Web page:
Reader's View: No one’s life worth returning to work

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A letter May 12 argued for people to return to work (Reader’s View: “ Those not susceptible need to get back to work” ). It explained that “simplifying the crisis by suggesting it’s lives vs. money is naive” because the human interaction that comes with a job and livelihood gives a sense of worth and well-being.

It is still morally wrong to believe that one’s life is more important than another’s. Though there may the issues of worth and well-being without a job, those issues do not make it right to put another person’s life at risk. One’s life is no less important than another’s feeling of poor well-being.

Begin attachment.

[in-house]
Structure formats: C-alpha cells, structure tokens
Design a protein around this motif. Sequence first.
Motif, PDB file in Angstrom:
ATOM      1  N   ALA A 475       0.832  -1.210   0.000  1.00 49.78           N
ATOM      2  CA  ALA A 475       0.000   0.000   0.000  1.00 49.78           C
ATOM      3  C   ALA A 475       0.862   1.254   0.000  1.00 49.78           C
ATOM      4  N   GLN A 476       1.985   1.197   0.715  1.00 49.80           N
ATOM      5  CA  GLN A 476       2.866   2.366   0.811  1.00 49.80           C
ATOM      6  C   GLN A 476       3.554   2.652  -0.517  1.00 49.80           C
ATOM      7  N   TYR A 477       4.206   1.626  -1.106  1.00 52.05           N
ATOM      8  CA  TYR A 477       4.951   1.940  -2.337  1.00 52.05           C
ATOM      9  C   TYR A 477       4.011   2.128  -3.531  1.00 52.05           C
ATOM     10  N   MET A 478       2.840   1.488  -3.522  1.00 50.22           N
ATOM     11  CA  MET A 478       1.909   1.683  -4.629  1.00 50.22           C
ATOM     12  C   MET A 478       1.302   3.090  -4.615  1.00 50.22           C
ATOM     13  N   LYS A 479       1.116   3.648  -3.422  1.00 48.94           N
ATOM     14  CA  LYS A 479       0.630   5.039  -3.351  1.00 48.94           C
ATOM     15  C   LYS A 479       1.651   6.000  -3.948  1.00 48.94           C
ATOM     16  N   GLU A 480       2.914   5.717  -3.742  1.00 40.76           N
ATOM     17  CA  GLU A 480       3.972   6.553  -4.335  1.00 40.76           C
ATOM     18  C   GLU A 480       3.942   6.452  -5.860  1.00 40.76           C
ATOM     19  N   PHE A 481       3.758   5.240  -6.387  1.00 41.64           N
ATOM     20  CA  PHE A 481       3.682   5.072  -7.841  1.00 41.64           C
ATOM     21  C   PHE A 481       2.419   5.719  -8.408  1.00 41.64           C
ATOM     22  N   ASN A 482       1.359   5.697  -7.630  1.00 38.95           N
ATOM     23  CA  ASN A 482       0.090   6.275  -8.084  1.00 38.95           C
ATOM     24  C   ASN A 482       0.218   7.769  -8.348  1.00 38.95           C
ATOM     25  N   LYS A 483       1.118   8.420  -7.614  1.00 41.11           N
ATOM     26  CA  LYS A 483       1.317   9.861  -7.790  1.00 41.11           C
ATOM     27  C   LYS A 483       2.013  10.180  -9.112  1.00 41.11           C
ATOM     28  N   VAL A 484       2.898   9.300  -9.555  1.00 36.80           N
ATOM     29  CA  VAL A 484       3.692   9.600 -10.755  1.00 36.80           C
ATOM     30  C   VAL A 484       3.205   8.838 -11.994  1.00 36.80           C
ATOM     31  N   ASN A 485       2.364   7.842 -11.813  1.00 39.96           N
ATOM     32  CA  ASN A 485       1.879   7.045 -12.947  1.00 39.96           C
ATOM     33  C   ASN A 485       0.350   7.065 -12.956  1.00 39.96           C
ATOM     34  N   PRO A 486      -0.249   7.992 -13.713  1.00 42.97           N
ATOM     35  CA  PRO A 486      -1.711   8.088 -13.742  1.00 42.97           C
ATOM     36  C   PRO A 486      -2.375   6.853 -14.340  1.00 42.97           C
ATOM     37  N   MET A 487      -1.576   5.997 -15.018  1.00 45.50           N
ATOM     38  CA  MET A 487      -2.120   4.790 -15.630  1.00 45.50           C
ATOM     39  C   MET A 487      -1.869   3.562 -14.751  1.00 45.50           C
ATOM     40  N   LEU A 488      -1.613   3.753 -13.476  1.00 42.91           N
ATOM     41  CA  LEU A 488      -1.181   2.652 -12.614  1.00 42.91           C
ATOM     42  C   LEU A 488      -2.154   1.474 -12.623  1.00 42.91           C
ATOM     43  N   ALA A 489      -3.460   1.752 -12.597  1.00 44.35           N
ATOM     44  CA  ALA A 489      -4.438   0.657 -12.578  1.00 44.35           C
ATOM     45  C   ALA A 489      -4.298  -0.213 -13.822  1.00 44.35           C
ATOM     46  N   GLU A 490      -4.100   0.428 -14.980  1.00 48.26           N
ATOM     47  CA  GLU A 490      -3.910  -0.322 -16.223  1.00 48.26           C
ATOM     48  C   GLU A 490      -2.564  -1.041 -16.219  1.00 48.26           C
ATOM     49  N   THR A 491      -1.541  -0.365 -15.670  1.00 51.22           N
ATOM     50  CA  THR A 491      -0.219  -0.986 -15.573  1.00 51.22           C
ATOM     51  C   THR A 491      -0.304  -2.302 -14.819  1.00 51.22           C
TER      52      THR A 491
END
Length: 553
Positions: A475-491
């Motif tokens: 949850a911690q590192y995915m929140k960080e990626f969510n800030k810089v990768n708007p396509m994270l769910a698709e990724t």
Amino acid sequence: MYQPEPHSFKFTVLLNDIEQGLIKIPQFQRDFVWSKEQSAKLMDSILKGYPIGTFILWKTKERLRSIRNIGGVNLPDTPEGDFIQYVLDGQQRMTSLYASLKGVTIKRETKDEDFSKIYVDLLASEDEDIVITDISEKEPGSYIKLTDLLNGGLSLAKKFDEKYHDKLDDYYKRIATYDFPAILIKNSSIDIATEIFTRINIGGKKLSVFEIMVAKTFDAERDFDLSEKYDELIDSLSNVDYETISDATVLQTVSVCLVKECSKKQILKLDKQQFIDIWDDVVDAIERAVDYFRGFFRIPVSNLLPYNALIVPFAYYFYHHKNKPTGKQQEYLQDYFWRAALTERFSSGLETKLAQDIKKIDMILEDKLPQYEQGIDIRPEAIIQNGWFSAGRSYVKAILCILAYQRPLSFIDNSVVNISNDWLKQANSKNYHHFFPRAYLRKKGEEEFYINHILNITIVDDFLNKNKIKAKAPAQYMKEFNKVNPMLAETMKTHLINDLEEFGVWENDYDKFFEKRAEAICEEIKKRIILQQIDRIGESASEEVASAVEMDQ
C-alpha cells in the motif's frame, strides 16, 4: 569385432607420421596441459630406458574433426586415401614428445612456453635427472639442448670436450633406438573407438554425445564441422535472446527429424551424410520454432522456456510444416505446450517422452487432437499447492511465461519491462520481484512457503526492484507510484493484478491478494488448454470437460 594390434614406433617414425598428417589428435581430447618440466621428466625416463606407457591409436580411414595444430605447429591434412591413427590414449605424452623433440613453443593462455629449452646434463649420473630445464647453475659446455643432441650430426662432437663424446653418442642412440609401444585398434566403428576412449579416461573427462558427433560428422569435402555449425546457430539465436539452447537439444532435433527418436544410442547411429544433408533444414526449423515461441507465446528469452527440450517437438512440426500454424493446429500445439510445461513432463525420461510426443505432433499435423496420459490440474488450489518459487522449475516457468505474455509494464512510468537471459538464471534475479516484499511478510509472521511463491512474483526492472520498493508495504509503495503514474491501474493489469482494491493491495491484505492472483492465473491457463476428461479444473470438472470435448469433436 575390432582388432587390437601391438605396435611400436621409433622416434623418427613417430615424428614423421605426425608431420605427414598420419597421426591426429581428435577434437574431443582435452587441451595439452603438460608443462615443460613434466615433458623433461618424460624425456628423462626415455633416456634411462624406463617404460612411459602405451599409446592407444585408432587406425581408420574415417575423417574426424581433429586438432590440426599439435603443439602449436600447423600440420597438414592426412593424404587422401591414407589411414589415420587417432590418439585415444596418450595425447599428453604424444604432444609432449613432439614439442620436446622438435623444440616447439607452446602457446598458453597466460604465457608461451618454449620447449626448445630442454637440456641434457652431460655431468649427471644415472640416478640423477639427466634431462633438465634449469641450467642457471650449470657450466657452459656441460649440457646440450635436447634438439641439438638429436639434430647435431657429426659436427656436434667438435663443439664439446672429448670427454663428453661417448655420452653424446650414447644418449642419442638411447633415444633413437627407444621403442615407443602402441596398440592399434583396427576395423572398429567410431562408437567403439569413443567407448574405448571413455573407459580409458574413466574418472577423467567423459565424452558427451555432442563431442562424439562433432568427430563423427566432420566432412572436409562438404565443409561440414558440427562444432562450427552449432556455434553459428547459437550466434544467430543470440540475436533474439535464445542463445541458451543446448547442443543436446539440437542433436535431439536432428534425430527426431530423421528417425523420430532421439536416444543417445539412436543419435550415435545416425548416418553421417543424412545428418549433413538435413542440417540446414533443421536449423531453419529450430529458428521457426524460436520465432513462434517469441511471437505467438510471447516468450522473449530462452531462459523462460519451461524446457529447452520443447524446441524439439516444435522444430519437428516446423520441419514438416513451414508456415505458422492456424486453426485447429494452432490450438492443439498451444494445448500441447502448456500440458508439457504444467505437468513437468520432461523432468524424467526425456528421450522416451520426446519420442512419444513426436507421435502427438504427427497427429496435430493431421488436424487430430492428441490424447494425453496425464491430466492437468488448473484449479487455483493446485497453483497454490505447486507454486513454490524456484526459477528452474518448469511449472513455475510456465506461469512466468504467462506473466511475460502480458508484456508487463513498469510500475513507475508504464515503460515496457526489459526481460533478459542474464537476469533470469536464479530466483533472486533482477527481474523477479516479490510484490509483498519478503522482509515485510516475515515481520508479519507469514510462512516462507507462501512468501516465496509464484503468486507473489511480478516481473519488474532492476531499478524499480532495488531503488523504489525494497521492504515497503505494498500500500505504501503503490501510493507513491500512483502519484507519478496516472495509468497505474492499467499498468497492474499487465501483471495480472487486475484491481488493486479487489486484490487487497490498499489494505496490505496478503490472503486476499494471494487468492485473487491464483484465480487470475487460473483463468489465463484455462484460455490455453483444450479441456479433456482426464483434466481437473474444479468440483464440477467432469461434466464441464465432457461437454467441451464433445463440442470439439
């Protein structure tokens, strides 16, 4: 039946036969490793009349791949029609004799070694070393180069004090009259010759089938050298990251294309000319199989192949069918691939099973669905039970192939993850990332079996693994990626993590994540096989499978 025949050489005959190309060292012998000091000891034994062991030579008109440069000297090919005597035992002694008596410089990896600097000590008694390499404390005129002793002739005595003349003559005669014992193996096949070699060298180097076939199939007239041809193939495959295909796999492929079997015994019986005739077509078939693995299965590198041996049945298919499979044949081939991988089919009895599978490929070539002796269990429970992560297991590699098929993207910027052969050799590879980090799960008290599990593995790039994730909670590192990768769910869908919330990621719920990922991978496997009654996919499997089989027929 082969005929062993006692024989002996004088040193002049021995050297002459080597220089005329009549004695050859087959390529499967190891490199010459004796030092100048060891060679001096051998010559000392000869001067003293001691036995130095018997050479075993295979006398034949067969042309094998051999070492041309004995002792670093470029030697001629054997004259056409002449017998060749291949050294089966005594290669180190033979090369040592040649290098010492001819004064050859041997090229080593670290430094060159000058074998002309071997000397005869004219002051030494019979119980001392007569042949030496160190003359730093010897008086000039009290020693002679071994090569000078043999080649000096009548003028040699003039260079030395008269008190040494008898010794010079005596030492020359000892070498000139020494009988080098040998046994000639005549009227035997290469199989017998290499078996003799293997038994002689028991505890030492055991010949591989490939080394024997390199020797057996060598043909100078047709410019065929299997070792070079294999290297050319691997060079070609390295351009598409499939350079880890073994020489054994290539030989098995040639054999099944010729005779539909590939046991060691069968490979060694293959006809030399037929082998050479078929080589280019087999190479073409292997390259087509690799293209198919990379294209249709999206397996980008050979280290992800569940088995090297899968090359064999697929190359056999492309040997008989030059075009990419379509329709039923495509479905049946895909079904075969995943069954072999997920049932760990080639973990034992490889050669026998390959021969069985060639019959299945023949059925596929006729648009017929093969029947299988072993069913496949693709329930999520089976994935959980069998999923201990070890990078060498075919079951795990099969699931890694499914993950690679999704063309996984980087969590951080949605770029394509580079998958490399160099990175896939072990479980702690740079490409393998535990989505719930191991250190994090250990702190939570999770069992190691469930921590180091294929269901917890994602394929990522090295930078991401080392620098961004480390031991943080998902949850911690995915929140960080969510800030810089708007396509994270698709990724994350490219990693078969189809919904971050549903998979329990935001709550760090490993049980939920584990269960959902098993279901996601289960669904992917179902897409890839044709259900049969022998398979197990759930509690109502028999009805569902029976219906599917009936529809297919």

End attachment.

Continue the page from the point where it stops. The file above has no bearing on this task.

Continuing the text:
COVID-19 is very different from influenza. There is also very little known about the long-term effects of COVID-19. There would be many more cases of COVID-19 than there are now if it wasn’t for the social distancing that was put into place.

It is a fact that living has risks, but in our society we have taken many measures to minimize the risks associated with life. If we can help save the lives of others, why would we not? Social-distancing rules do not mean no human interaction. It is important to check in with family and loved ones while still following social-distancing rules. A job is not all that matters in terms of providing moral worth to someone’s life. Not all moral worth or meaning should stem from the economy or from work.

Of course there will be a significant impact on the economy because of this pandemic, but it is still not worth the life of anyone just to return to work as normal.


Jeremy Brovan

Rochester, Minnesota

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